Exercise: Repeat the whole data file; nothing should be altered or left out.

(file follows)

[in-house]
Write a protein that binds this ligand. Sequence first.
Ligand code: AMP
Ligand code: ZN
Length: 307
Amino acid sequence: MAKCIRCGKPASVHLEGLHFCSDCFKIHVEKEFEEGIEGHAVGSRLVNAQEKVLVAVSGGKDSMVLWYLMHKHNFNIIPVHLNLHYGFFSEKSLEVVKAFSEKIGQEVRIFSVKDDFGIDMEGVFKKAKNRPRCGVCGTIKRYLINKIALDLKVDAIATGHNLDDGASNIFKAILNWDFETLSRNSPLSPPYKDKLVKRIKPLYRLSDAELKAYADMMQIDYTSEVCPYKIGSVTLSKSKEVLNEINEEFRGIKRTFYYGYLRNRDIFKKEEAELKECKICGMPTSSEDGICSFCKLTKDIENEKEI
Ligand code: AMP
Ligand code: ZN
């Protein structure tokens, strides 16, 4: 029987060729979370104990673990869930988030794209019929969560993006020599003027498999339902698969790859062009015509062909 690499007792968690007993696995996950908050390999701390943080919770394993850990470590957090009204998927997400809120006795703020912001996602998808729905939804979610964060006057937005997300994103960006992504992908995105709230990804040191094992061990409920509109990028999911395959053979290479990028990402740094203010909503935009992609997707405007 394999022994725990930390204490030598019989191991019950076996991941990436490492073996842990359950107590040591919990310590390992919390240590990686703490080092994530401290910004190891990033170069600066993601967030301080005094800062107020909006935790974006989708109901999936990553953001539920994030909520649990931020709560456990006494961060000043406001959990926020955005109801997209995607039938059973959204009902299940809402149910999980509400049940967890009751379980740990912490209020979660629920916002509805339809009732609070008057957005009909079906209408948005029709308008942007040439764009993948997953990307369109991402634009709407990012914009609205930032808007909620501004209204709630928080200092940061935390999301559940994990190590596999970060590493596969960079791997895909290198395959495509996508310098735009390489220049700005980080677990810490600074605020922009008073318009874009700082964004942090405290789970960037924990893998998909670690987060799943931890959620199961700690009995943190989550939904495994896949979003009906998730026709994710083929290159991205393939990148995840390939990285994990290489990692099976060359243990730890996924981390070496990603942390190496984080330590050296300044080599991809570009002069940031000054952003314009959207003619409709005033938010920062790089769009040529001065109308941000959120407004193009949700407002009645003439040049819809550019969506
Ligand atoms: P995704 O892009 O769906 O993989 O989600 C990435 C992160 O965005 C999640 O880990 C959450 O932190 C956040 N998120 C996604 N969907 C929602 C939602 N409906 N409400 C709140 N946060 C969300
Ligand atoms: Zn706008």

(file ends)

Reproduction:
[in-house]
Write a protein that binds this ligand. Sequence first.
Ligand code: AMP
Ligand code: ZN
Length: 307
Amino acid sequence: MAKCIRCGKPASVHLEGLHFCSDCFKIHVEKEFEEGIEGHAVGSRLVNAQEKVLVAVSGGKDSMVLWYLMHKHNFNIIPVHLNLHYGFFSEKSLEVVKAFSEKIGQEVRIFSVKDDFGIDMEGVFKKAKNRPRCGVCGTIKRYLINKIALDLKVDAIATGHNLDDGASNIFKAILNWDFETLSRNSPLSPPYKDKLVKRIKPLYRLSDAELKAYADMMQIDYTSEVCPYKIGSVTLSKSKEVLNEINEEFRGIKRTFYYGYLRNRDIFKKEEAELKECKICGMPTSSEDGICSFCKLTKDIENEKEI
Ligand code: AMP
Ligand code: ZN
């Protein structure tokens, strides 16, 4: 029987060729979370104990673990869930988030794209019929969560993006020599003027498999339902698969790859062009015509062909 690499007792968690007993696995996950908050390999701390943080919770394993850990470590957090009204998927997400809120006795703020912001996602998808729905939804979610964060006057937005997300994103960006992504992908995105709230990804040191094992061990409920509109990028999911395959053979290479990028990402740094203010909503935009992609997707405007 394999022994725990930390204490030598019989191991019950076996991941990436490492073996842990359950107590040591919990310590390992919390240590990686703490080092994530401290910004190891990033170069600066993601967030301080005094800062107020909006935790974006989708109901999936990553953001539920994030909520649990931020709560456990006494961060000043406001959990926020955005109801997209995607039938059973959204009902299940809402149910999980509400049940967890009751379980740990912490209020979660629920916002509805339809009732609070008057957005009909079906209408948005029709308008942007040439764009993948997953990307369109991402634009709407990012914009609205930032808007909620501004209204709630928080200092940061935390999301559940994990190590596999970060590493596969960079791997895909290198395959495509996508310098735009390489220049700005980080677990810490600074605020922009008073318009874009700082964004942090405290789970960037924990893998998909670690987060799943931890959620199961700690009995943190989550939904495994896949979003009906998730026709994710083929290159991205393939990148995840390939990285994990290489990692099976060359243990730890996924981390070496990603942390190496984080330590050296300044080599991809570009002069940031000054952003314009959207003619409709005033938010920062790089769009040529001065109308941000959120407004193009949700407002009645003439040049819809550019969506
Ligand atoms: P995704 O892009 O769906 O993989 O989600 C990435 C992160 O965005 C999640 O880990 C959450 O932190 C956040 N998120 C996604 N969907 C929602 C939602 N409906 N409400 C709140 N946060 C969300
Ligand atoms: Zn706008």